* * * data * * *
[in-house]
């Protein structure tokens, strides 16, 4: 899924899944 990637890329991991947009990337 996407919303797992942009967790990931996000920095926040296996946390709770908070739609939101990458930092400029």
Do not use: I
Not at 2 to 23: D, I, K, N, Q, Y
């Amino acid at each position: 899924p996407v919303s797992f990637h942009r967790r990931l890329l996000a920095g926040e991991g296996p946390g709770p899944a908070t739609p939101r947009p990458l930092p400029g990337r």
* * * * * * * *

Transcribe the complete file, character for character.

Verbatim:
[in-house]
């Protein structure tokens, strides 16, 4: 899924899944 990637890329991991947009990337 996407919303797992942009967790990931996000920095926040296996946390709770908070739609939101990458930092400029």
Do not use: I
Not at 2 to 23: D, I, K, N, Q, Y
């Amino acid at each position: 899924p996407v919303s797992f990637h942009r967790r990931l890329l996000a920095g926040e991991g296996p946390g709770p899944a908070t739609p939101r947009p990458l930092p400029g990337r």